And now for a bit of snark

Found on Facebook tonight…

Jeremy gave up his wealth and lifestyle to be able to fight for the people of Wisconsin and this country. The least we could do is make sure he has a roof over his head and food on the table. He gave up his life for all of us, please do help him out with whatever you can!

The Jeremy who gave up his “wealth and lifestyle” is none other than “Segway” Jeremy Ryan, who’s also listed as the Executive Director of the Defending Wisconsin PAC.

The fact that the Executive Director of the Defending Wisconsin PAC is soliciting online donations to subsidize his rent and living expenses certainly doesn’t inspire one to make a donation to Defending Wisconsin PAC, nor does this part of Ryan’s statement on his online donation page:

So I am faced with an option and something I never wanted it to come to. Get a full time job or ask for help.

I know Jeremy’s trying to fight the good fight here in Wisconsin, but so are a hell of a lot of other folks, and we fight the good fight while also managing to hold down full time jobs.

So here’s some advice for Jeremy Ryan, and this advice won’t cost him a thing: hike up your bootstraps, get a full-time job, and stop asking others to support your lifestyle. If you want to be a full-time activist, then be prepared to make some serious sacrifices, otherwise suck it up and get a job.


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8 thoughts on “And now for a bit of snark

    1. I’m not mocking anyone though; if the guy had a business that allowed him to accumulate “wealth” before all this, he could certainly do something to make some money without resorting to begging for donations online.

  1. Snark and mocking aren’t the same thing. So I’ll see that snark and raise you one.

    You’re not the only one thinking this. I’ve seen it all over facebook.

    Bravo to Ryan for working so hard and sticking in there, but that PAC – and the request for funds – seemed to go up within days of the first protest. Then there was his unfortunate “you don’t have a right to say anything unless you’re at the Capitol every day” moment. I think it’s pretty nervy to make that claim and then say, “oh, and please give me the money you get from the job that prevents you from being here every day so that I can continue to be the Best Protester in All Wisconsin.”

    And technically, is being a full-time protester the same as being a full-time activist? I’d like to see more, and more aggressive, conversations about what kind of activism is the most productive right now, and how we can work together. Ryan seems to be a one-man-show.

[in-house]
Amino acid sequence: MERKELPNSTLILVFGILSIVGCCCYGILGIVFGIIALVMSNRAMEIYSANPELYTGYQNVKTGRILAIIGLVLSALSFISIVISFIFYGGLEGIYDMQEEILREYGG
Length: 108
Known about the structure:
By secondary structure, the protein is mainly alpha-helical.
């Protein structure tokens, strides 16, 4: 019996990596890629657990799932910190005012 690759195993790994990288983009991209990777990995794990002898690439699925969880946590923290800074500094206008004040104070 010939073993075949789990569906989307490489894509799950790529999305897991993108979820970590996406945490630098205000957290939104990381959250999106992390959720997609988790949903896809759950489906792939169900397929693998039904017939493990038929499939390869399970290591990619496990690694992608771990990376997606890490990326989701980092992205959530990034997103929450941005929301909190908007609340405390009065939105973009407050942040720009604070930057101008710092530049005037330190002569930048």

1. Yeah, I may not have been at the rallies in Madison every day, but as a public employee who’s going to feel the full effects of Gov. Walker’s policies any day now, I think I’ve earned the right to voice my opinion.

      And thanks for visiting and sharing your opinion Heather; I was starting to think my perspective was off on this.

      1. I don’t think your perspective is off, but some people will jump on how we have to stick together and support our own etc. I admit to feeling a little guilty for joining in this conversation. But I’ll chalk it up to recall stress and blowing off steam.

        In any case, solidarity means more than just going along with any crazy thing one of us wants to do or say and never calling anyone out. It means working together to find real solutions.

    2. And technically, is being a full-time protester the same as being a full-time activist?

      No. While there’s some overlap, there are more ways in which they’re almost polar opposites.

  2. I don’t know enough about this guy to have a truly valid opinion, largely because his spotlight-hound actions turned me off from paying any attention to him. He strikes me as a good old fashioned opportunistic grifter. Happy to be wrong, since it would be a better outlook on humanity, but….

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